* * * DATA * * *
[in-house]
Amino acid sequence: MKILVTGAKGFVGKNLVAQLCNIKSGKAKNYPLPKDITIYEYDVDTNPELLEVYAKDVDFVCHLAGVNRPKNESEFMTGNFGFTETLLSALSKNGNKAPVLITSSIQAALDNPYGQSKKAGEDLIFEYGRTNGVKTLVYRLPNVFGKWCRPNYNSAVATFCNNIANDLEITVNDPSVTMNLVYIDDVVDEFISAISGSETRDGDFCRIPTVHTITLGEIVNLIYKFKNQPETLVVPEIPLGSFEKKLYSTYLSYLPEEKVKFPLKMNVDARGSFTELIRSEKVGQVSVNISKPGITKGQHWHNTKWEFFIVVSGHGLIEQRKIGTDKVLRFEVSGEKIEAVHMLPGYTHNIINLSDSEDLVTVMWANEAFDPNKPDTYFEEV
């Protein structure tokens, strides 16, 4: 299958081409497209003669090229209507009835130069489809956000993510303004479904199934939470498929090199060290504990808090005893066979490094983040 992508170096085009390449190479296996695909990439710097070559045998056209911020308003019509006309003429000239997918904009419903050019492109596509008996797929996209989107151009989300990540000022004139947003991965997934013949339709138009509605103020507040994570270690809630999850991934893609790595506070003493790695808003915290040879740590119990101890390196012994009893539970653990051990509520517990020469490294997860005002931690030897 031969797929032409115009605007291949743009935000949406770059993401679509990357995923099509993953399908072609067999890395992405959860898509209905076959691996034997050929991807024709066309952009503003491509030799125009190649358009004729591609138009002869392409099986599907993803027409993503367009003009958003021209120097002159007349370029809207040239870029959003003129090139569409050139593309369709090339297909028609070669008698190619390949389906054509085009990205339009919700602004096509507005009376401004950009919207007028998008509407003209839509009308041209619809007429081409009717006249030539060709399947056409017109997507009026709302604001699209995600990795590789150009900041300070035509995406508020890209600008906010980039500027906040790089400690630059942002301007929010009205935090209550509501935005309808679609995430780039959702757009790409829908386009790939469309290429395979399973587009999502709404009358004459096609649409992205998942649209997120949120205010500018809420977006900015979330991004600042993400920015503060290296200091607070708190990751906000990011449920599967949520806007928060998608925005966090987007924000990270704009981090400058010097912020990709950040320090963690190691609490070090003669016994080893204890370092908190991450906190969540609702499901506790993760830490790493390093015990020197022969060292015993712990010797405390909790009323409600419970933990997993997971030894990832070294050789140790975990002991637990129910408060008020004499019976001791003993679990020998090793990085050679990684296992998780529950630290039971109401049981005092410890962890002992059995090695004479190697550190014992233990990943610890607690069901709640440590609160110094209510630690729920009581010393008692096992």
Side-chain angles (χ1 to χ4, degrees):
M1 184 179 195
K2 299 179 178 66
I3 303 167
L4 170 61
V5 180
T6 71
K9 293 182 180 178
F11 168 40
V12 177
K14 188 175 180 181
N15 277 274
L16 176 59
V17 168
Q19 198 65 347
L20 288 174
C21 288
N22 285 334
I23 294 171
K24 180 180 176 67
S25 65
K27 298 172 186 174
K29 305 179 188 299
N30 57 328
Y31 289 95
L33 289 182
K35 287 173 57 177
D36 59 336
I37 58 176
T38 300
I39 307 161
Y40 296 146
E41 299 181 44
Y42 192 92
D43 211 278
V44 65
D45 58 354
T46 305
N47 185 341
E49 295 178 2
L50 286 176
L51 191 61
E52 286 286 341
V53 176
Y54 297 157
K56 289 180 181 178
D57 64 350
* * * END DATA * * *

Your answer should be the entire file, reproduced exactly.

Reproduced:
[in-house]
Amino acid sequence: MKILVTGAKGFVGKNLVAQLCNIKSGKAKNYPLPKDITIYEYDVDTNPELLEVYAKDVDFVCHLAGVNRPKNESEFMTGNFGFTETLLSALSKNGNKAPVLITSSIQAALDNPYGQSKKAGEDLIFEYGRTNGVKTLVYRLPNVFGKWCRPNYNSAVATFCNNIANDLEITVNDPSVTMNLVYIDDVVDEFISAISGSETRDGDFCRIPTVHTITLGEIVNLIYKFKNQPETLVVPEIPLGSFEKKLYSTYLSYLPEEKVKFPLKMNVDARGSFTELIRSEKVGQVSVNISKPGITKGQHWHNTKWEFFIVVSGHGLIEQRKIGTDKVLRFEVSGEKIEAVHMLPGYTHNIINLSDSEDLVTVMWANEAFDPNKPDTYFEEV
């Protein structure tokens, strides 16, 4: 299958081409497209003669090229209507009835130069489809956000993510303004479904199934939470498929090199060290504990808090005893066979490094983040 992508170096085009390449190479296996695909990439710097070559045998056209911020308003019509006309003429000239997918904009419903050019492109596509008996797929996209989107151009989300990540000022004139947003991965997934013949339709138009509605103020507040994570270690809630999850991934893609790595506070003493790695808003915290040879740590119990101890390196012994009893539970653990051990509520517990020469490294997860005002931690030897 031969797929032409115009605007291949743009935000949406770059993401679509990357995923099509993953399908072609067999890395992405959860898509209905076959691996034997050929991807024709066309952009503003491509030799125009190649358009004729591609138009002869392409099986599907993803027409993503367009003009958003021209120097002159007349370029809207040239870029959003003129090139569409050139593309369709090339297909028609070669008698190619390949389906054509085009990205339009919700602004096509507005009376401004950009919207007028998008509407003209839509009308041209619809007429081409009717006249030539060709399947056409017109997507009026709302604001699209995600990795590789150009900041300070035509995406508020890209600008906010980039500027906040790089400690630059942002301007929010009205935090209550509501935005309808679609995430780039959702757009790409829908386009790939469309290429395979399973587009999502709404009358004459096609649409992205998942649209997120949120205010500018809420977006900015979330991004600042993400920015503060290296200091607070708190990751906000990011449920599967949520806007928060998608925005966090987007924000990270704009981090400058010097912020990709950040320090963690190691609490070090003669016994080893204890370092908190991450906190969540609702499901506790993760830490790493390093015990020197022969060292015993712990010797405390909790009323409600419970933990997993997971030894990832070294050789140790975990002991637990129910408060008020004499019976001791003993679990020998090793990085050679990684296992998780529950630290039971109401049981005092410890962890002992059995090695004479190697550190014992233990990943610890607690069901709640440590609160110094209510630690729920009581010393008692096992």
Side-chain angles (χ1 to χ4, degrees):
M1 184 179 195
K2 299 179 178 66
I3 303 167
L4 170 61
V5 180
T6 71
K9 293 182 180 178
F11 168 40
V12 177
K14 188 175 180 181
N15 277 274
L16 176 59
V17 168
Q19 198 65 347
L20 288 174
C21 288
N22 285 334
I23 294 171
K24 180 180 176 67
S25 65
K27 298 172 186 174
K29 305 179 188 299
N30 57 328
Y31 289 95
L33 289 182
K35 287 173 57 177
D36 59 336
I37 58 176
T38 300
I39 307 161
Y40 296 146
E41 299 181 44
Y42 192 92
D43 211 278
V44 65
D45 58 354
T46 305
N47 185 341
E49 295 178 2
L50 286 176
L51 191 61
E52 286 286 341
V53 176
Y54 297 157
K56 289 180 181 178
D57 64 350